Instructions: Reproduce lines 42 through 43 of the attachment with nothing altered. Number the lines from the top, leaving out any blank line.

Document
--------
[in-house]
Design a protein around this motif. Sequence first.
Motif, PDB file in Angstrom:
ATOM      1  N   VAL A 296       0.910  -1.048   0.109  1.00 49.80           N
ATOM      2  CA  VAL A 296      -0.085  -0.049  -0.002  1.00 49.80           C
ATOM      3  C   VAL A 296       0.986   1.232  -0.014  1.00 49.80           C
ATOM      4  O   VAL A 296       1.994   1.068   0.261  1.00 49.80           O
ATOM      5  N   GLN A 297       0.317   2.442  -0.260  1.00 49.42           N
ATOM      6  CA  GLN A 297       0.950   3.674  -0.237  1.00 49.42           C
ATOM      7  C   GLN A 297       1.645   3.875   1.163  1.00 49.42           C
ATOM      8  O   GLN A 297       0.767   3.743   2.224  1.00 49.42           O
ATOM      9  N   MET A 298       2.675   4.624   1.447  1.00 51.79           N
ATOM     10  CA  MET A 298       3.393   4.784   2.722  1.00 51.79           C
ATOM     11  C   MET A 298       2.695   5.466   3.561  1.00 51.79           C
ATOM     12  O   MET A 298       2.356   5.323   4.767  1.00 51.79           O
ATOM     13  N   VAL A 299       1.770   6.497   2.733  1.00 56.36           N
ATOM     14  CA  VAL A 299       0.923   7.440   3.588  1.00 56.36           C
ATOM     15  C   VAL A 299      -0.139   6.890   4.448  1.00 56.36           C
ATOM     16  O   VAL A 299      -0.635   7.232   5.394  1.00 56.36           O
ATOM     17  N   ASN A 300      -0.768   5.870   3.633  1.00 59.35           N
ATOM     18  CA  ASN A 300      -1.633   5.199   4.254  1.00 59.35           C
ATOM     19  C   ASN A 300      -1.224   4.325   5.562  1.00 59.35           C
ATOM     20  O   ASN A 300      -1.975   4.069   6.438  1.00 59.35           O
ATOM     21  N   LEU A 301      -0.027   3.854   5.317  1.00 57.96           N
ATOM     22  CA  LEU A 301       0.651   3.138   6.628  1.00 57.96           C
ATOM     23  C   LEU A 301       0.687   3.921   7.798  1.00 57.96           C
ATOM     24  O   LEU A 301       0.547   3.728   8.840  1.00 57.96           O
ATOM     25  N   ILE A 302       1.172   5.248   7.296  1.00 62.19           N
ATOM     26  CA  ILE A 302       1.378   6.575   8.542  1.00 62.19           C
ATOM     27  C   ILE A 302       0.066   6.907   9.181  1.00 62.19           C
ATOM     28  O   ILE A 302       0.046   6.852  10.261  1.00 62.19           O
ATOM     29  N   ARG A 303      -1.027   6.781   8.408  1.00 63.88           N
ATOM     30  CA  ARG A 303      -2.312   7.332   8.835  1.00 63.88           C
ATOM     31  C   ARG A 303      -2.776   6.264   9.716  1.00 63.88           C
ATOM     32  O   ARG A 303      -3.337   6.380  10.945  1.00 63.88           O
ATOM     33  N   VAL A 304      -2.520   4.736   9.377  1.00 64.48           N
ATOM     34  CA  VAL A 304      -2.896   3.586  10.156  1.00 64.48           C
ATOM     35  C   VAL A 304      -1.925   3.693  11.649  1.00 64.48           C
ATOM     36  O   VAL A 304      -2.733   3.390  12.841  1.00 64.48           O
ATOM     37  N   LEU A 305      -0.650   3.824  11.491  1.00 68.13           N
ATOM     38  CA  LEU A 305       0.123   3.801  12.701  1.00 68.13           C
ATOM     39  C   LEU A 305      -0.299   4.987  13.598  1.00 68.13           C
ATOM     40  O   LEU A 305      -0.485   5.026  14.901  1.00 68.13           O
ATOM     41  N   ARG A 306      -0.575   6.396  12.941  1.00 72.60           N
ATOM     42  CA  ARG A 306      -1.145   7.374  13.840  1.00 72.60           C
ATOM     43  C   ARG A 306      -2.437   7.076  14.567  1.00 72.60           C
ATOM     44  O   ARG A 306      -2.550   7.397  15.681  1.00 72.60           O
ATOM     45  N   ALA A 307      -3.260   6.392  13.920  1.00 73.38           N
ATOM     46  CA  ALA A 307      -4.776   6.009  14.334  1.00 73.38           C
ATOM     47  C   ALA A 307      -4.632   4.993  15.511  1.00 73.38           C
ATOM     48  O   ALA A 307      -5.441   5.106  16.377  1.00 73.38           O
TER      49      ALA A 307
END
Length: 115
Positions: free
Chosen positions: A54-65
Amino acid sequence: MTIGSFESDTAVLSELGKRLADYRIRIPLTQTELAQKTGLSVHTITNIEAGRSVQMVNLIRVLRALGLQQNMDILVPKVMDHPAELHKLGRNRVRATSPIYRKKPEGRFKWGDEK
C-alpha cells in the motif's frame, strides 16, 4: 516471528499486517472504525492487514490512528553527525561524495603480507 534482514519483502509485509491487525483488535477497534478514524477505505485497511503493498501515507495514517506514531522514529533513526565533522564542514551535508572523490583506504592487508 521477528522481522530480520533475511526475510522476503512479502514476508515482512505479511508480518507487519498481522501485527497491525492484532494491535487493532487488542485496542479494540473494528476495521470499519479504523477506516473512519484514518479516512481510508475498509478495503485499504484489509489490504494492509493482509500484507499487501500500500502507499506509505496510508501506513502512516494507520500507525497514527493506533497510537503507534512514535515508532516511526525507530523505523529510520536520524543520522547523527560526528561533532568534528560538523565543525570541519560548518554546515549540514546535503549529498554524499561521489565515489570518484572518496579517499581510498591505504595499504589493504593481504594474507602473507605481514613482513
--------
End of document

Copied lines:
ATOM     39  C   LEU A 305      -0.299   4.987  13.598  1.00 68.13           C
ATOM     40  O   LEU A 305      -0.485   5.026  14.901  1.00 68.13           O